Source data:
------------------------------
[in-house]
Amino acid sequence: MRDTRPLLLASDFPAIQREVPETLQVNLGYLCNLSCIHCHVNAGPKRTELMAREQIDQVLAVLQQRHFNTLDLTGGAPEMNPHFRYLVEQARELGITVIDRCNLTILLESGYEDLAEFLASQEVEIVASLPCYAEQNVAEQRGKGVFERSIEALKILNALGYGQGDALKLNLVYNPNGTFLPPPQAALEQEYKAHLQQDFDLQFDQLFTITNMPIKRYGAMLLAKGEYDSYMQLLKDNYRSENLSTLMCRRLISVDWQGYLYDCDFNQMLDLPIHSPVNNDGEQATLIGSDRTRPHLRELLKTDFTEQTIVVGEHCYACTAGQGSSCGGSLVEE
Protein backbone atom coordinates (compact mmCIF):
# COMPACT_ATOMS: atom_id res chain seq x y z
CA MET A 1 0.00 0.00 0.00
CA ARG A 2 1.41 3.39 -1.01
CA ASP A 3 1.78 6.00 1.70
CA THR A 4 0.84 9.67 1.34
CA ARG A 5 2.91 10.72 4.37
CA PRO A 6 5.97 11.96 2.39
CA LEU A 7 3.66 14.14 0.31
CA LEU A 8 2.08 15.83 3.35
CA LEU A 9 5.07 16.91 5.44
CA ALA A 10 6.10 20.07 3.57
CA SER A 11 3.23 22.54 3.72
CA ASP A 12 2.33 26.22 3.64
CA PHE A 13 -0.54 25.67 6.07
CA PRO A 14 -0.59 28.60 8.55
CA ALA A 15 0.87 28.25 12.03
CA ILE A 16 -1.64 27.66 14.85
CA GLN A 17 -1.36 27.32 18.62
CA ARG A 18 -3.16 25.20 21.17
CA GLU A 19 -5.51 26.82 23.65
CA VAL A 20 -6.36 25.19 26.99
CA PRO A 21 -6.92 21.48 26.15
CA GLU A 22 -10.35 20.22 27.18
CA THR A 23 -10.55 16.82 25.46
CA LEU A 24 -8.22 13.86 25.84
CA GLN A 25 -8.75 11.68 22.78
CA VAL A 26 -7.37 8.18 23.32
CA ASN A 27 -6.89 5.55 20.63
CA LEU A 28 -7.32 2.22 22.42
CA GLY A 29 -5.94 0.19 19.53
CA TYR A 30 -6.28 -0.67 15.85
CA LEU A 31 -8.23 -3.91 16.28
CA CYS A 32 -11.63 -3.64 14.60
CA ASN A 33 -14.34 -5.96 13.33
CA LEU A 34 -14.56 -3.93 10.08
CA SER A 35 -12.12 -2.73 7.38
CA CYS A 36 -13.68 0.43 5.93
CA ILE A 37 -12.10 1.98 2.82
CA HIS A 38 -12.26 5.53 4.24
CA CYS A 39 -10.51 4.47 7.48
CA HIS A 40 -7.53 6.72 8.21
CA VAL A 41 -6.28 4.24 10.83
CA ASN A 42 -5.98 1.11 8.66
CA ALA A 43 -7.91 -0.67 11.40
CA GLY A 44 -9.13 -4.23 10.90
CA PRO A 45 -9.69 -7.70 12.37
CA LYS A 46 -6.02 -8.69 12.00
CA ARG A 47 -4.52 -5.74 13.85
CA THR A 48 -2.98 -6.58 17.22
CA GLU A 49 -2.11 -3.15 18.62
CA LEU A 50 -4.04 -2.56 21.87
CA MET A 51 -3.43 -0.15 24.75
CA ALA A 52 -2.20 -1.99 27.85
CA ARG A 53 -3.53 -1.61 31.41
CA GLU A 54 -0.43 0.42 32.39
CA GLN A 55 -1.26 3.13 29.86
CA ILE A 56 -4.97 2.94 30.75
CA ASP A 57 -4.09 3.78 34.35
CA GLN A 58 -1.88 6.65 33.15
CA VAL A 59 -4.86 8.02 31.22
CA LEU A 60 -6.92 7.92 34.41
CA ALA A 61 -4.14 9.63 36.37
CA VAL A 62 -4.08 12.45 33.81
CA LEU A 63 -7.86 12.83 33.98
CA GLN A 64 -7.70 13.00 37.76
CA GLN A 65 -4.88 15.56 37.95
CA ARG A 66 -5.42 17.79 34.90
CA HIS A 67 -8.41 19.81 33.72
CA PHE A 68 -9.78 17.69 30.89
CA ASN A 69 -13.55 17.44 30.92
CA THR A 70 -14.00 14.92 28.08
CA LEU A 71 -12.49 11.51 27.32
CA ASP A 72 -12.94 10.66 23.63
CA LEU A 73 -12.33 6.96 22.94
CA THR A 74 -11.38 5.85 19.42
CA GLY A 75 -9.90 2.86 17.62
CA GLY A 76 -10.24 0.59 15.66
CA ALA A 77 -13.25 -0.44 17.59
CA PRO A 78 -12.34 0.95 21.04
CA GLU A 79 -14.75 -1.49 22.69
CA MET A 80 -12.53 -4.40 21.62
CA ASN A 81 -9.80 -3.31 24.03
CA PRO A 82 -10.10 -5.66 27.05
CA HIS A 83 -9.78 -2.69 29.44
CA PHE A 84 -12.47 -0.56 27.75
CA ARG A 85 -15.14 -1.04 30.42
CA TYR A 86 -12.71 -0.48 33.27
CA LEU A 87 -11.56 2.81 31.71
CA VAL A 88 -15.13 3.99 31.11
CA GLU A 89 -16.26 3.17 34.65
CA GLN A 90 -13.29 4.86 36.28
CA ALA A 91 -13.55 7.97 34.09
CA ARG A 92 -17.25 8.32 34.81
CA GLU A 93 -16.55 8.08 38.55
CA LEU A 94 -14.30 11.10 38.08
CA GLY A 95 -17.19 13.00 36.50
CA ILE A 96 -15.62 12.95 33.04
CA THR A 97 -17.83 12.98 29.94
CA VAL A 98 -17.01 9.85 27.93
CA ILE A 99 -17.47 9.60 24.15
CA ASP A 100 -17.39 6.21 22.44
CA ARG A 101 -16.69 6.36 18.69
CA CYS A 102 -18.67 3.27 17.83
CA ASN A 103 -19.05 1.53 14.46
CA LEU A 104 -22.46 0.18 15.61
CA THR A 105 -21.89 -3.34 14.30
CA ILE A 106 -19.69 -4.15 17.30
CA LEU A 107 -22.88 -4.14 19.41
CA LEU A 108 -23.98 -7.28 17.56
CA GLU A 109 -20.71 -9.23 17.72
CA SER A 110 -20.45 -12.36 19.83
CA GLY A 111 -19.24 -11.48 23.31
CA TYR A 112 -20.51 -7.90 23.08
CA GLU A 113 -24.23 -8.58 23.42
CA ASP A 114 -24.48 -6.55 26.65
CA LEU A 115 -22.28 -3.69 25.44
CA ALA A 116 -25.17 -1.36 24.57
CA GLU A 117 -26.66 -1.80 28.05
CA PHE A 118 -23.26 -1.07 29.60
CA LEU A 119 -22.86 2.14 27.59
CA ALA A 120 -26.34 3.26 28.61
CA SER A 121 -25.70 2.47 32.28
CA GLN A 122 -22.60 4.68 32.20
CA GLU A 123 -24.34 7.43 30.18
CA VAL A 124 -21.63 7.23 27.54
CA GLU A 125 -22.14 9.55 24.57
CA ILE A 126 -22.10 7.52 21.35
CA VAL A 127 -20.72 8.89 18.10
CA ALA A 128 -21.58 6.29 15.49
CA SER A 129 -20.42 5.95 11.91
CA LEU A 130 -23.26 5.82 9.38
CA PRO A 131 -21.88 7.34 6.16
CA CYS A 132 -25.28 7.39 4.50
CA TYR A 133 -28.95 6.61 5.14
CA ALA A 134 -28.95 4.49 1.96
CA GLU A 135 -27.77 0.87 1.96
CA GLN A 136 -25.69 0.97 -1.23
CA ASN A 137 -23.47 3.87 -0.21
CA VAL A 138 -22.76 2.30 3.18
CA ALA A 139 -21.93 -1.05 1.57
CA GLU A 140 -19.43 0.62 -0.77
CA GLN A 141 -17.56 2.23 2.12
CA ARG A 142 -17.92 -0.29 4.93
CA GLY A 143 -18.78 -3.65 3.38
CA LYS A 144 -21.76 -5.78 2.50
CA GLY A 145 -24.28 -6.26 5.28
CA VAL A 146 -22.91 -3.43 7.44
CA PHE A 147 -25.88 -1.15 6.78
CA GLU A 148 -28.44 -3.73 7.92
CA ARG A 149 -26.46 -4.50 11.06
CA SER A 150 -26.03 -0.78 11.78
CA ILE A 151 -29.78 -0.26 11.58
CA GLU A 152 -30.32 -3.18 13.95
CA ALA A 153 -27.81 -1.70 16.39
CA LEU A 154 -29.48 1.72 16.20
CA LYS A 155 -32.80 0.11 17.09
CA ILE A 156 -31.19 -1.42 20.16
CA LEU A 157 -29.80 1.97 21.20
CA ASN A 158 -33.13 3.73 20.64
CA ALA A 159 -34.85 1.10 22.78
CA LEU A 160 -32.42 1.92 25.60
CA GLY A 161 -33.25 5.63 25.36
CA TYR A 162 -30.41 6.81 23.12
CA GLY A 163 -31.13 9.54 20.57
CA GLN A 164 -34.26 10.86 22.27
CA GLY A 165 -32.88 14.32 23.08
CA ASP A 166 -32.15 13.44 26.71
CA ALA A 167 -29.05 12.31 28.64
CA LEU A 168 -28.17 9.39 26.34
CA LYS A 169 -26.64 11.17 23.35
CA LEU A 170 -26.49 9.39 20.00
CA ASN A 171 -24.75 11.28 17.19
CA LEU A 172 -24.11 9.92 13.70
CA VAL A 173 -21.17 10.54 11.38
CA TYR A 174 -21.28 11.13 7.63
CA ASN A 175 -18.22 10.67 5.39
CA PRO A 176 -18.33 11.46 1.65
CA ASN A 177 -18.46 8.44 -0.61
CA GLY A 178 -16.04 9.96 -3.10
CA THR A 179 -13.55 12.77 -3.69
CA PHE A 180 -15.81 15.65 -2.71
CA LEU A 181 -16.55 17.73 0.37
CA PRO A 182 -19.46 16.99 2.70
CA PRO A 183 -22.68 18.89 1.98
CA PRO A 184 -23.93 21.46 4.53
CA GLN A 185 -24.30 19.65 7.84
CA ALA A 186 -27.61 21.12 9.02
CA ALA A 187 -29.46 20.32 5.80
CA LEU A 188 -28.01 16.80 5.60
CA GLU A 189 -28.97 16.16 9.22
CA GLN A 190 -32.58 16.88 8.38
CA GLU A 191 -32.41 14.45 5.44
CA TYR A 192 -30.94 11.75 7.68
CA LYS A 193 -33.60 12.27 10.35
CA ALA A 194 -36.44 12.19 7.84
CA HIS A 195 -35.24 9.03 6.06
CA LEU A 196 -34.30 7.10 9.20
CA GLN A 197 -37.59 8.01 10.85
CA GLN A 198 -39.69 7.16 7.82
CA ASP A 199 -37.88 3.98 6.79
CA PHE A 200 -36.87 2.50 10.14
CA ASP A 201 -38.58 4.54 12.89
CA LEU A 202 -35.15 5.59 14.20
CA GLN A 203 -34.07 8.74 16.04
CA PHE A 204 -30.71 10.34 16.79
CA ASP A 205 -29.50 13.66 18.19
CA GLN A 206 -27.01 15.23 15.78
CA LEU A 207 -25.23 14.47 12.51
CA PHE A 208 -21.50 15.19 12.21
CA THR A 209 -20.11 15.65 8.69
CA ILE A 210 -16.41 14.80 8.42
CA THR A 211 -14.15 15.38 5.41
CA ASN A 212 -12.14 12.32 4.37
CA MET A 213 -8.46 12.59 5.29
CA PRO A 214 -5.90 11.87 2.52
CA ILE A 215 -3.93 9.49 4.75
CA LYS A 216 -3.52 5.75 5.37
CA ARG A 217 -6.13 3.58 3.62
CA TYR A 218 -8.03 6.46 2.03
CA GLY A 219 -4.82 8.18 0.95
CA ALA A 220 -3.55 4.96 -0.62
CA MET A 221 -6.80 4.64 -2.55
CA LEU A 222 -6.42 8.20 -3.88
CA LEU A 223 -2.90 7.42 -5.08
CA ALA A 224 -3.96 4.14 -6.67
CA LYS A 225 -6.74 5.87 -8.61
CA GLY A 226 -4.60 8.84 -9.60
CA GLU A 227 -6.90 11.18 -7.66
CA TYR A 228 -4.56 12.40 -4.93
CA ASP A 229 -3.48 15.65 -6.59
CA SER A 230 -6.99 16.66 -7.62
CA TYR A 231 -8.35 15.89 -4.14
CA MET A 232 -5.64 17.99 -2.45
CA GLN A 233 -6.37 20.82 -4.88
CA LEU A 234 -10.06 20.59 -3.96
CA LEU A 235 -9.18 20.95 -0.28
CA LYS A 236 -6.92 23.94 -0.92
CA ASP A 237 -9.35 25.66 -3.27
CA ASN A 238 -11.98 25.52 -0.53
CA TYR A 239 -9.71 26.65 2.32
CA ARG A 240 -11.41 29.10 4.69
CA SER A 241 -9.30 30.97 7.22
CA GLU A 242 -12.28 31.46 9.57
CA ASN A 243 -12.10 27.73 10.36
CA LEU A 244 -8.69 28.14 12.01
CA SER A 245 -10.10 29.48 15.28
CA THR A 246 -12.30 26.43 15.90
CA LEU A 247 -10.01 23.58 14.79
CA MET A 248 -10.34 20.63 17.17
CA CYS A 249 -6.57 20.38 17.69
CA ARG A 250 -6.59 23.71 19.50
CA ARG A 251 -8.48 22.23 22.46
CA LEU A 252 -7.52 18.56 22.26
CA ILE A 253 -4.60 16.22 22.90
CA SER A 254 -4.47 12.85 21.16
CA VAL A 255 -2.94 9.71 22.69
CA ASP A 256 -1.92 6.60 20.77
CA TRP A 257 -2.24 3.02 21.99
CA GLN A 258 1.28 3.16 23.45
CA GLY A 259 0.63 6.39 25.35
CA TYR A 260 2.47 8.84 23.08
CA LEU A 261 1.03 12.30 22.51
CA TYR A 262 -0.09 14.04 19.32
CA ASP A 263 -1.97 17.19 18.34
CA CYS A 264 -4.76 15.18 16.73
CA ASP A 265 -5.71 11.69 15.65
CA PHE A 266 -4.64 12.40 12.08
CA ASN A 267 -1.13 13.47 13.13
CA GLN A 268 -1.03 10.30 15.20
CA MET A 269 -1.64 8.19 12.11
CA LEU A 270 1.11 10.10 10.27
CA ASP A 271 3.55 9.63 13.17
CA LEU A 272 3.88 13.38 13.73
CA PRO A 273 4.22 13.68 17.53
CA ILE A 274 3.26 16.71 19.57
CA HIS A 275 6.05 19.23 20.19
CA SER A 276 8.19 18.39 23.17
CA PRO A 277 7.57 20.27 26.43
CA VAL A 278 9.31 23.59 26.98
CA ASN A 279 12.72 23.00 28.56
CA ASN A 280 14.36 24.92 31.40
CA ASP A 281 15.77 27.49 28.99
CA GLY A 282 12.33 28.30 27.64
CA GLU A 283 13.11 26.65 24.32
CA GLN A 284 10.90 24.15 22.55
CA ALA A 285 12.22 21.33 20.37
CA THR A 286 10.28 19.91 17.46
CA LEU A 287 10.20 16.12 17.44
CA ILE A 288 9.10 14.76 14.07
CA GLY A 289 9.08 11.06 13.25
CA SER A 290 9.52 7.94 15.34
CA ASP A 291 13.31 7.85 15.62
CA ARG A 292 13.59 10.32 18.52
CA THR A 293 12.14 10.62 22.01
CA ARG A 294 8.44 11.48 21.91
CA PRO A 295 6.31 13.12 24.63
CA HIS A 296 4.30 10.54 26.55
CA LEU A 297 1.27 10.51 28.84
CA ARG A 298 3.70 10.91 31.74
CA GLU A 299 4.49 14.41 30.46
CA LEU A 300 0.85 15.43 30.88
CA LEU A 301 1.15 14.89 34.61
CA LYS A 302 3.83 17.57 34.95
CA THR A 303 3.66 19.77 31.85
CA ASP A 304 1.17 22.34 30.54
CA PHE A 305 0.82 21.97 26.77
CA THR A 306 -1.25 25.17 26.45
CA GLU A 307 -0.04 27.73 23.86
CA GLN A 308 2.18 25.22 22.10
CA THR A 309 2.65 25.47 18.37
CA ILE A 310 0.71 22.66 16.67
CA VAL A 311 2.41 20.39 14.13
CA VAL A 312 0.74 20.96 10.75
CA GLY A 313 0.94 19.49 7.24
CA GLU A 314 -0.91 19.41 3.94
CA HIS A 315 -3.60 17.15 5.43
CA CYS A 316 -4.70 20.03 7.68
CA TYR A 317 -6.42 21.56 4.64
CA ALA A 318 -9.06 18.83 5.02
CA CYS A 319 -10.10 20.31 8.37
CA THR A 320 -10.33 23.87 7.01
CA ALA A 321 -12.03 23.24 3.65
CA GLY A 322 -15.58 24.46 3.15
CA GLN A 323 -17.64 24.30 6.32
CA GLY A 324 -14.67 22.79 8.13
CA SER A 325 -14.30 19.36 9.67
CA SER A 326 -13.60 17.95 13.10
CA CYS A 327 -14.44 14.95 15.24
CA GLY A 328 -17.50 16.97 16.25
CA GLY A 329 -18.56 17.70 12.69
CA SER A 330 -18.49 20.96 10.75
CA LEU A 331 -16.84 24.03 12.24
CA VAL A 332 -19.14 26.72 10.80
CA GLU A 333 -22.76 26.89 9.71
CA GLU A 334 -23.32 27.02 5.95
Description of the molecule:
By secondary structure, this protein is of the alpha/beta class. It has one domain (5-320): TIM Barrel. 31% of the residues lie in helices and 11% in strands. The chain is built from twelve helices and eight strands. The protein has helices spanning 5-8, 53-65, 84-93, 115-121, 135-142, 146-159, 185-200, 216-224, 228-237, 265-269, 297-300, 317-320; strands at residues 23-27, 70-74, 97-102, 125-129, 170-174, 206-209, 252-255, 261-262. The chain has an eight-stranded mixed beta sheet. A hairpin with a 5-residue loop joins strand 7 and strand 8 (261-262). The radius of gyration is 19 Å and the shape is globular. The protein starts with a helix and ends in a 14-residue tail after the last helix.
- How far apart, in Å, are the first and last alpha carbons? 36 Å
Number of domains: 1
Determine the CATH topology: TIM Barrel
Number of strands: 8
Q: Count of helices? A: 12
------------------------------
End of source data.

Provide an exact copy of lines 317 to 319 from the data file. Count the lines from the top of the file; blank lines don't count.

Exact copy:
CA GLY A 313 0.94 19.49 7.24
CA GLU A 314 -0.91 19.41 3.94
CA HIS A 315 -3.60 17.15 5.43